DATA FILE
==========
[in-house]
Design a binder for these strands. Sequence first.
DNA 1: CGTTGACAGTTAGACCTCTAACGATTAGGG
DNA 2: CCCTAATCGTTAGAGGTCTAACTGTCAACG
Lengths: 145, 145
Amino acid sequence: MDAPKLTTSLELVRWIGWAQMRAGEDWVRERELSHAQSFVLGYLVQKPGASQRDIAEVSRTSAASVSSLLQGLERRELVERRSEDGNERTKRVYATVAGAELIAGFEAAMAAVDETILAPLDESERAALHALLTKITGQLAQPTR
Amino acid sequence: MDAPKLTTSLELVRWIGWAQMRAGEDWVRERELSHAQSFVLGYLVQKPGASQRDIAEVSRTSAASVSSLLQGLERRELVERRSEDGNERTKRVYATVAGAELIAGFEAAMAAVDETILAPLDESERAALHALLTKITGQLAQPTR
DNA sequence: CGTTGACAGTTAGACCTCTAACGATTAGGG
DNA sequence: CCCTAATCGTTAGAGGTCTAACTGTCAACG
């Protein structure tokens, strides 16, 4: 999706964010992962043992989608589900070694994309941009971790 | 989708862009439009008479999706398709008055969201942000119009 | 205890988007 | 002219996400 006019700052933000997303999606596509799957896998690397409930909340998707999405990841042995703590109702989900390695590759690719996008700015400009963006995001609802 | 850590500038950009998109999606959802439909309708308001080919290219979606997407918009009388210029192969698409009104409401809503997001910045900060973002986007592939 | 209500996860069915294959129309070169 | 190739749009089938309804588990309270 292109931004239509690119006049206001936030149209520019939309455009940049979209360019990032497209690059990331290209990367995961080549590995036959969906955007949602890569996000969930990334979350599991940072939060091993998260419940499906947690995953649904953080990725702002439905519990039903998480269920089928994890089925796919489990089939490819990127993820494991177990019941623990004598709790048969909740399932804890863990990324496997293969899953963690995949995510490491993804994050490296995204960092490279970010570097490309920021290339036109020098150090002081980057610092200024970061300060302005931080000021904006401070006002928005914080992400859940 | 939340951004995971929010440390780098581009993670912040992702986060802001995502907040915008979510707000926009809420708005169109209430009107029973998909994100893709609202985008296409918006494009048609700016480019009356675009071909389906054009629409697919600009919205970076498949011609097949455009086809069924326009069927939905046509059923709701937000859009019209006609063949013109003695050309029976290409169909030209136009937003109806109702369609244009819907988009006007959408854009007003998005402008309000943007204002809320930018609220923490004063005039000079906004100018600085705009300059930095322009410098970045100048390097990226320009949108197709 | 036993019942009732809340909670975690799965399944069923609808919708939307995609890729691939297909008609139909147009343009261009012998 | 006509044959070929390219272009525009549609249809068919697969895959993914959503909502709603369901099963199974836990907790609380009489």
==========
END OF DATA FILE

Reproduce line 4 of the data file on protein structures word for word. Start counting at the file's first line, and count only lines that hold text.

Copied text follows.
DNA 2: CCCTAATCGTTAGAGGTCTAACTGTCAACG